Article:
The Order of Australia recognises those who have made outstanding contributions that benefit their communities, and ultimately our country. These awards, by their very nature, define and identify role models at all levels within our communities and inspire us all to become more fully engaged citizens. The Order of Australia Association (NSW) Youth Community Service Award (formerly known as the John Lincoln Youth Community Service Award) was instituted to recognise similarly outstanding service to the community by senior NSW secondary school students. Each year, all NSW High School Principals are requested to consider recognizing outstanding community service by a senior student during years 11 or 12 of the NSW HSC or International Baccalaureate programs. Traditionally, academic and sporting achievements, as well as service to the school community, are recognised and rewarded within individual school systems.

Many students extend that service beyond their school boundaries and into their communities – local, national and even international. The Award was first presented to 20 students in 1992 and increased to 25 from 2012.

Community service is wide ranging, with examples from the 2017 – 2019 nominations including:

Fundraising for: 

  • Program and resource support, (often including in-country service) for schools and communities in Fiji, Kenya, Tanzania, Iraq, Haiti, Papua New Guinea, Cambodia, Samoa, Thailand, Laos, Bali, Uganda, Israel and the Solomon Islands;
  • Construction and development of facilities, resource and education support of remote Australian indigenous communities.
  • School and university scholarships in Papua New Guinea, Asian and African countries
  • Organisations including Zonta International, St Vincent de Paul, Red Cross, Cancer Council, Respite Care services, Prisoner Aid groups, Church Outreach Support Programs, Care for the Aged, Rural Fire Service, Headspace Youth Reference Groups, Relay for Life, 40 Hour Famine, Clean-up Australia, Surf Lifesaving, Leukemia Foundation, Redkite, Salvation Army Appeals, Drought Relief, RU OK and Youth Leadership programs.

Mentoring:

Disadvantaged and disengaged youth in local communities, inclusion initiatives within indigenous, refugee and other disadvantaged youth incentive programs, and tutoring autistic, special needs and immigrant children.

Volunteering:

Aged care, multicultural development programs, disaster relief programs and activities, community youth leadership programs, refuge centres, prisoner support groups, performing arts education, Local Government youth advisory committees, community radio and education programs against domestic violence, racism and discrimination in local communities, supporting drought-affected farmers, families and communities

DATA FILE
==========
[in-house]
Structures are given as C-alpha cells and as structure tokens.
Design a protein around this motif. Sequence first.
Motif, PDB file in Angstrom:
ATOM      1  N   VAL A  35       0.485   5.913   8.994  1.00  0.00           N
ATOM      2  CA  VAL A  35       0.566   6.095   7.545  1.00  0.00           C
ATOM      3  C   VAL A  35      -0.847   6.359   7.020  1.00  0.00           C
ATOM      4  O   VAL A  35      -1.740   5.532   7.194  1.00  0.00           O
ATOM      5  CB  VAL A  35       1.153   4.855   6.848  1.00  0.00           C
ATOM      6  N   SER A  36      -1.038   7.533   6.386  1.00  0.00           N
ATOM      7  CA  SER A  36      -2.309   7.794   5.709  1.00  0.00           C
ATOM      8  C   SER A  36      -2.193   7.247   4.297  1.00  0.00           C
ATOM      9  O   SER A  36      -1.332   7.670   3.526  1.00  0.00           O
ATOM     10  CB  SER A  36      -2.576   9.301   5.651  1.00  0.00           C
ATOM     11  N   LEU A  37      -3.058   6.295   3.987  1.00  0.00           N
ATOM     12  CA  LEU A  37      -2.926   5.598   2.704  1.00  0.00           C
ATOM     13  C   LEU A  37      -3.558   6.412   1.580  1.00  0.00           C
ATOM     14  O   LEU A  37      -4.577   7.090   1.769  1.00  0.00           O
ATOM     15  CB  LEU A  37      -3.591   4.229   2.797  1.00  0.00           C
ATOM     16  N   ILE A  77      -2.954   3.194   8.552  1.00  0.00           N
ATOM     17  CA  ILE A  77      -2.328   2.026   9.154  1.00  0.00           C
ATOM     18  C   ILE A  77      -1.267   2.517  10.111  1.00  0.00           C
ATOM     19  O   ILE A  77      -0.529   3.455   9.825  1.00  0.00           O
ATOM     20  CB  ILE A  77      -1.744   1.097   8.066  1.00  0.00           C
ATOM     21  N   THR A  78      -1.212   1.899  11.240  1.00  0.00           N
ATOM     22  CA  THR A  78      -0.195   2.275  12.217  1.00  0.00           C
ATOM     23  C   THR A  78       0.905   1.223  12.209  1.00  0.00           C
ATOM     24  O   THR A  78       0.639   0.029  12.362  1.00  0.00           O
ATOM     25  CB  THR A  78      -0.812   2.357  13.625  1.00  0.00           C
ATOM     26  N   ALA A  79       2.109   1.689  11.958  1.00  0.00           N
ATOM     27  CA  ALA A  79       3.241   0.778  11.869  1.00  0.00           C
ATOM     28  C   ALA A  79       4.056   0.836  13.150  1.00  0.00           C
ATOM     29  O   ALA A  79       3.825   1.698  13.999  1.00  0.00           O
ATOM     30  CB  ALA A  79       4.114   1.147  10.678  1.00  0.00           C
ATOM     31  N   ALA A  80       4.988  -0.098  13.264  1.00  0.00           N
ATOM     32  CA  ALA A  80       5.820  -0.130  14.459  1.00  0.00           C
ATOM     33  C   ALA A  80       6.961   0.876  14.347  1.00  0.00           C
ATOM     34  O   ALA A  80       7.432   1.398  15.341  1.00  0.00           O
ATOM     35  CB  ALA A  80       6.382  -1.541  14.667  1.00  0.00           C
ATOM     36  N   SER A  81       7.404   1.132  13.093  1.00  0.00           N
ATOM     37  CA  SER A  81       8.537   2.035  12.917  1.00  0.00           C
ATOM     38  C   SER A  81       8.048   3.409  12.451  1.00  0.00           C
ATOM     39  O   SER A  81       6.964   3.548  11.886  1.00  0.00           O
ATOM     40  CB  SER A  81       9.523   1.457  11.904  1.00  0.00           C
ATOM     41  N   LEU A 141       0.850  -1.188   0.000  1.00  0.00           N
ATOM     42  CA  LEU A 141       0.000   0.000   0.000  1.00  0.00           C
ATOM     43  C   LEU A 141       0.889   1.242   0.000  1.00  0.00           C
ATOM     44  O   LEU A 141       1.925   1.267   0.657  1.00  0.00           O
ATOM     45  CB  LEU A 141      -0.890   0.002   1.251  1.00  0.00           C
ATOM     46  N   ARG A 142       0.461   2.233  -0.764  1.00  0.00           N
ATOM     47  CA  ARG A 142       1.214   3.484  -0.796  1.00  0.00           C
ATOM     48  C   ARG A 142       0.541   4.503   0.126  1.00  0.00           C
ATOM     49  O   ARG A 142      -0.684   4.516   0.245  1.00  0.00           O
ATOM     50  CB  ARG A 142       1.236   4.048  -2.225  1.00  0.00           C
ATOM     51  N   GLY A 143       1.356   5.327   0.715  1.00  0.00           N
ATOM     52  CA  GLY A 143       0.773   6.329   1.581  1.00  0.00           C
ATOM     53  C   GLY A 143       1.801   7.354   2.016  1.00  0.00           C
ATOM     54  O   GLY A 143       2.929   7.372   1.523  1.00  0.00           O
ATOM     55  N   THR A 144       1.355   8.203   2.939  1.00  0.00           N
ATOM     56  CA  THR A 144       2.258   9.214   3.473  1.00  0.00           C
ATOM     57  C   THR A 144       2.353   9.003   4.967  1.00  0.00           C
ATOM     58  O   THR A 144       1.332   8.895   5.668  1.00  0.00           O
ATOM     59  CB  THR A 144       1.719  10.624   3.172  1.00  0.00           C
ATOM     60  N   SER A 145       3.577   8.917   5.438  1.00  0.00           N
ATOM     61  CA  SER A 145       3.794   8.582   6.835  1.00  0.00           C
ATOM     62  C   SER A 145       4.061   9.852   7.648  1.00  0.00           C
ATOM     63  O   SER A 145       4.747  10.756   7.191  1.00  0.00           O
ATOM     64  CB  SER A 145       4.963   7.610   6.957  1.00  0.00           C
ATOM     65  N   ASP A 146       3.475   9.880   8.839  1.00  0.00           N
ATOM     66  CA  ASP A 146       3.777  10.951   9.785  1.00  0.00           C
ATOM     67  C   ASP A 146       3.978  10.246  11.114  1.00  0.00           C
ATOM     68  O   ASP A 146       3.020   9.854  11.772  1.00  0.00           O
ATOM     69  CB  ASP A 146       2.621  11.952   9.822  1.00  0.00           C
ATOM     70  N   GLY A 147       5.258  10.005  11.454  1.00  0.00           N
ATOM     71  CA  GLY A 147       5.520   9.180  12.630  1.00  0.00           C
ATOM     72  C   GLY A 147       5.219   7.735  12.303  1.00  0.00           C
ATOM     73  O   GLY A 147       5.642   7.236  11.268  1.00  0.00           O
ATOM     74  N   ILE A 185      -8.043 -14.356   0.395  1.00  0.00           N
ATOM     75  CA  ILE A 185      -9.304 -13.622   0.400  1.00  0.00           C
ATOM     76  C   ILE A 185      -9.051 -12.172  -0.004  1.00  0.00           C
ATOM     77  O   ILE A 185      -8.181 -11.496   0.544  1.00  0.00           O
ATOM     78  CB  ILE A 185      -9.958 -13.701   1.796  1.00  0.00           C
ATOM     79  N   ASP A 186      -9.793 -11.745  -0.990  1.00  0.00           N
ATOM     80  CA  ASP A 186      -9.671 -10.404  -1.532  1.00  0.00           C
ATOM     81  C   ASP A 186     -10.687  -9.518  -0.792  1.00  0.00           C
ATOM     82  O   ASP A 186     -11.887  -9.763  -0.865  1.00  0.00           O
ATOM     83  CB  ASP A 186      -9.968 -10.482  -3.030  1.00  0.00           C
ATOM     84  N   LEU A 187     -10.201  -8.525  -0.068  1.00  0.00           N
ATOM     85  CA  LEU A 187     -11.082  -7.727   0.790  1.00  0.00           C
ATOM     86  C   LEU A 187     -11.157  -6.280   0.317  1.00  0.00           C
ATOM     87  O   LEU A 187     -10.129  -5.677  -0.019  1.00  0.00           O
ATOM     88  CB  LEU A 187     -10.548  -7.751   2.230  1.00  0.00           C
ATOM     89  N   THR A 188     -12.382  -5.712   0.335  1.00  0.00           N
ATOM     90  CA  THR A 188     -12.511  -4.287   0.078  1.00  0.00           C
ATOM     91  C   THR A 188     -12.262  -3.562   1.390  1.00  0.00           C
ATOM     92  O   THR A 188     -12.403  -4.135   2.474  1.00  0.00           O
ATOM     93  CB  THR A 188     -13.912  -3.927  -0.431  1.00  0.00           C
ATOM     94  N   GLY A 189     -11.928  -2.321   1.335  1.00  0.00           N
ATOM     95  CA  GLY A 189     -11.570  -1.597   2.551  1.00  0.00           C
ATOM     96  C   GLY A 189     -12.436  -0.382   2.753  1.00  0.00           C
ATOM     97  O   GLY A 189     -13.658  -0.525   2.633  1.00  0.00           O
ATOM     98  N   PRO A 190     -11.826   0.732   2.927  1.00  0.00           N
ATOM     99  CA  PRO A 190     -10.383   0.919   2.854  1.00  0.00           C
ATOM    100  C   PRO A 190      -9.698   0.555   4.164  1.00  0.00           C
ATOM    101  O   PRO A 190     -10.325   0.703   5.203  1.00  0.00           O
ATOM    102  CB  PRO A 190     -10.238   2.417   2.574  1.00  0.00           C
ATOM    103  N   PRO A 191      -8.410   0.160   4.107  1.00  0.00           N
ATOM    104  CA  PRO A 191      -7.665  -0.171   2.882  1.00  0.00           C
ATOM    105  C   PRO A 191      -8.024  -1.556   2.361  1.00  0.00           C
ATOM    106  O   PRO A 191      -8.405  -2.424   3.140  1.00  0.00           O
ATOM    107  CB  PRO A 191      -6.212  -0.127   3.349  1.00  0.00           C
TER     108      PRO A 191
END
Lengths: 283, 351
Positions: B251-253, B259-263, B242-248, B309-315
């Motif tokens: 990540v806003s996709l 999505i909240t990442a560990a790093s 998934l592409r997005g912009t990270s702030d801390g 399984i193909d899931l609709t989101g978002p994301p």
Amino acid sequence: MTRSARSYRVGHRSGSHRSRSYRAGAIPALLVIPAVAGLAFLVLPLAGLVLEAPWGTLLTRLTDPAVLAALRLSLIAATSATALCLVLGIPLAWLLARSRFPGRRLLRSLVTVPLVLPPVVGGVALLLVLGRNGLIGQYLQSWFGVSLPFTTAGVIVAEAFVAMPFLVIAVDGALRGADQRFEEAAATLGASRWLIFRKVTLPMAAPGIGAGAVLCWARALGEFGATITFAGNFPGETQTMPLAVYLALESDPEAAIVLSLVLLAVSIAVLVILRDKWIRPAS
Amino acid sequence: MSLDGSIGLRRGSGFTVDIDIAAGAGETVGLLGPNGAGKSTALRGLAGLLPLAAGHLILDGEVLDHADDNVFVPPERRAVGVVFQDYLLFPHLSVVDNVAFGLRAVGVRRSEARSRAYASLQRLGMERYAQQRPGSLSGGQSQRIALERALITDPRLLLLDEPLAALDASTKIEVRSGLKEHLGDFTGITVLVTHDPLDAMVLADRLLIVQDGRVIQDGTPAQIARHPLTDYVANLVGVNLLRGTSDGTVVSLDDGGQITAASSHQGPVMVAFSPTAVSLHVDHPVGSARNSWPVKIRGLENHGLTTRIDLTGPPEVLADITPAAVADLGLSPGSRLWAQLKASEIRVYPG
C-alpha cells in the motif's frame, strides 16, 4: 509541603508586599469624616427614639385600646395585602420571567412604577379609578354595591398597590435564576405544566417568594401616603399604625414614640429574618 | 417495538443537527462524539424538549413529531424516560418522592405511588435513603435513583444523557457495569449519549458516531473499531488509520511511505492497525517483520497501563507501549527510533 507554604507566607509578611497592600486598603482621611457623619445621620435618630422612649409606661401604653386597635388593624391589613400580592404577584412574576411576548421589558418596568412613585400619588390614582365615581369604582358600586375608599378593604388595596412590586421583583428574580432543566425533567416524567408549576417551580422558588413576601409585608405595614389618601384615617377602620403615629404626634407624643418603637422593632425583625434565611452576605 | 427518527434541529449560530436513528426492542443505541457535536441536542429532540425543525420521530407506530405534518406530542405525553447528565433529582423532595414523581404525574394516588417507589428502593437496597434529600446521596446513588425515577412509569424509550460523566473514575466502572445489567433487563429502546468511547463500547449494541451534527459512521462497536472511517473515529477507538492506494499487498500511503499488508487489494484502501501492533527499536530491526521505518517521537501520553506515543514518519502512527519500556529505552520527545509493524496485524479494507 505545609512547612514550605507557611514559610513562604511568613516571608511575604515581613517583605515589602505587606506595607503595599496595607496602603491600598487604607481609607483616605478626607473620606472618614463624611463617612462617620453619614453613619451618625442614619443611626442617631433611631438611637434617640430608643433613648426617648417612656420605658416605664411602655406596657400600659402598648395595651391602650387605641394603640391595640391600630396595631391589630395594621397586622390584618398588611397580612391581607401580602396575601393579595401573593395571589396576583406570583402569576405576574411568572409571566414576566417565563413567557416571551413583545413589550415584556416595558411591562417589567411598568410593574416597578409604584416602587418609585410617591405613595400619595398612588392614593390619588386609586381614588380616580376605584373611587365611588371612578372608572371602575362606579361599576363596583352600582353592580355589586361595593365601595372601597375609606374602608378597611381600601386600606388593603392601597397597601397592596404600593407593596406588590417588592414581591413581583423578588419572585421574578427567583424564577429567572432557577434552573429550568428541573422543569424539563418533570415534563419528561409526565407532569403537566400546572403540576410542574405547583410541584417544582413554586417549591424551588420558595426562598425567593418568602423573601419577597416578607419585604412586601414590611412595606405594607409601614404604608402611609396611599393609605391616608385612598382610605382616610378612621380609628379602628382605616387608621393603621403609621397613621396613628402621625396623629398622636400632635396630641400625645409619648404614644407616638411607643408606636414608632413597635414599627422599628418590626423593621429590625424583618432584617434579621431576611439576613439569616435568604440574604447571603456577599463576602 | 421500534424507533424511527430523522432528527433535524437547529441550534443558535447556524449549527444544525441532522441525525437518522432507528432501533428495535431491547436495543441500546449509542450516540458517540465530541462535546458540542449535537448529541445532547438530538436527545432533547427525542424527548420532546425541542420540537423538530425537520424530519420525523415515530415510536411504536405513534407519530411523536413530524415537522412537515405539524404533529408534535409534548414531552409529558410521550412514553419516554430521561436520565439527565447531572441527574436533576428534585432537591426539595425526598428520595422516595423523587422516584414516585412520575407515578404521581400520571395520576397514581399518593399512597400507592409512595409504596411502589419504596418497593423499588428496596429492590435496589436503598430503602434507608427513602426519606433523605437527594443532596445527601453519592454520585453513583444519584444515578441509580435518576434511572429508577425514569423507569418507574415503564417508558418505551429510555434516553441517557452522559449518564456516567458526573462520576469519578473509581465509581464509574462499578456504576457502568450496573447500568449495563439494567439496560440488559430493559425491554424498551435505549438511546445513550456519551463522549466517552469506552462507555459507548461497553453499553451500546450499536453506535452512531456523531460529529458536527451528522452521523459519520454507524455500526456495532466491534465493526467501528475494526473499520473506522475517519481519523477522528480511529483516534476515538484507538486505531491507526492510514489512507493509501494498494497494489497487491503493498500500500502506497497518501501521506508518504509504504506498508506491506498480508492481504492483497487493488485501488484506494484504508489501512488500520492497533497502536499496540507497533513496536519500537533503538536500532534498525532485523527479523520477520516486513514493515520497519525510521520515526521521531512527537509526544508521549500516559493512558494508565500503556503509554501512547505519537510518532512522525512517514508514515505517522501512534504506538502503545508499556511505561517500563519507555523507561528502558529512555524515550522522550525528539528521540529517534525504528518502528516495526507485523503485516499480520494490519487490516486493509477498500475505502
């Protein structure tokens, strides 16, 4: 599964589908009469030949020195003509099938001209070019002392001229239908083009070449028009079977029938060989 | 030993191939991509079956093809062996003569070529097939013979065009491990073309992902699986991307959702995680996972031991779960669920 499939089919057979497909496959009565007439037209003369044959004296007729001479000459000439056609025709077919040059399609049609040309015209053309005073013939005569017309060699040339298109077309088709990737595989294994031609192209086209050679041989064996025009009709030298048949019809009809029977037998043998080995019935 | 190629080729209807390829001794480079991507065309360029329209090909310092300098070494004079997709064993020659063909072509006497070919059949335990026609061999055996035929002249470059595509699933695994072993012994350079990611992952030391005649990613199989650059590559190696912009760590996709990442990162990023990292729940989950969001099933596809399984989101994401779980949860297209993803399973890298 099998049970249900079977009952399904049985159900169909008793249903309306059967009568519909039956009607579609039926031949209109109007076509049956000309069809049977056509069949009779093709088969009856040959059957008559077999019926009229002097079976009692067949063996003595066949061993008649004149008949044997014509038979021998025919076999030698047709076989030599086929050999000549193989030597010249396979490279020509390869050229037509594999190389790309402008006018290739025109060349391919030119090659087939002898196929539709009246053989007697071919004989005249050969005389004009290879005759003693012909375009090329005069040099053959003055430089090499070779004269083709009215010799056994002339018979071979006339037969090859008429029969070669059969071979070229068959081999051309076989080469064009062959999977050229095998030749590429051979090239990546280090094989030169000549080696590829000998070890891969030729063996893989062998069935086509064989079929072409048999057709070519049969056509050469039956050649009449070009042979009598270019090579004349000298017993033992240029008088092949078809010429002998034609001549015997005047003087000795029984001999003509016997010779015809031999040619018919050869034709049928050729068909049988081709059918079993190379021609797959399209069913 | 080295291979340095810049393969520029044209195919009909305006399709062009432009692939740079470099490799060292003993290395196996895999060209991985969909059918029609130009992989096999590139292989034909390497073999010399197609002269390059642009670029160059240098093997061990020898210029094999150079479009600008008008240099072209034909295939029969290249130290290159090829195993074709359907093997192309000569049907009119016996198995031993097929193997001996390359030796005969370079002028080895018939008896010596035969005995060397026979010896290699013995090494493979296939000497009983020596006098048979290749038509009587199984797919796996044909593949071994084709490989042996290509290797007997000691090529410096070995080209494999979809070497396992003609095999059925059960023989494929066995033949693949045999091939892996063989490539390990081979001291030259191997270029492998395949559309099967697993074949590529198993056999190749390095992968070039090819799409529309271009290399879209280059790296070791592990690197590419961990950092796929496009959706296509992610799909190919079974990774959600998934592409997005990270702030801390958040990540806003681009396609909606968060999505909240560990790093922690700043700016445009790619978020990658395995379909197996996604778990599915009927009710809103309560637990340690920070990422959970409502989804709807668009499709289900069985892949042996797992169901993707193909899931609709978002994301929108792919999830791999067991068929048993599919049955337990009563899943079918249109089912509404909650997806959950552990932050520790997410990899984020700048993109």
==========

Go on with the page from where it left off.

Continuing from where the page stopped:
Action for Change:

Introduction of tactile banknotes for the visually impaired, establishment of Women’s Shelters, service with emergency services organisations, acceptance and advocacy for inclusion of immigrants and refugees, recognition and support of multicultural initiatives, service learning for development, environmental awareness and climate change, representation at National and International workshops and conferences

Over 1,000 NSW High School Principals are contacted by email in April each year with information and a request for nominations. Nominations normally close in late May and all are individually assessed by a judging panel of 3 members, each an Order of Australia recipient. The 25 successful nominees are finalised at a subsequent plenary meeting of the panel. Awards are presented by the Governor of NSW, Her Excellency the Honourable Justice Margaret Beazley AO QC at a special ceremony held at NSW Government House in September.

The recipients of these awards are very special young Australians, whose actions and contributions have set them apart and enriched their communities, often well beyond the boundaries of their schools.

2020 – the Year of Covid-19

The Award was not offered in 2020 on the advice of NESA (NSW Education Standards Authority) because of uncertainty about the impact of Covid-19 on schools and particularly on the probable inability of students to pursue relevant community service activities.

It is hoped that it will again be on offer in 2021 and subsequent years.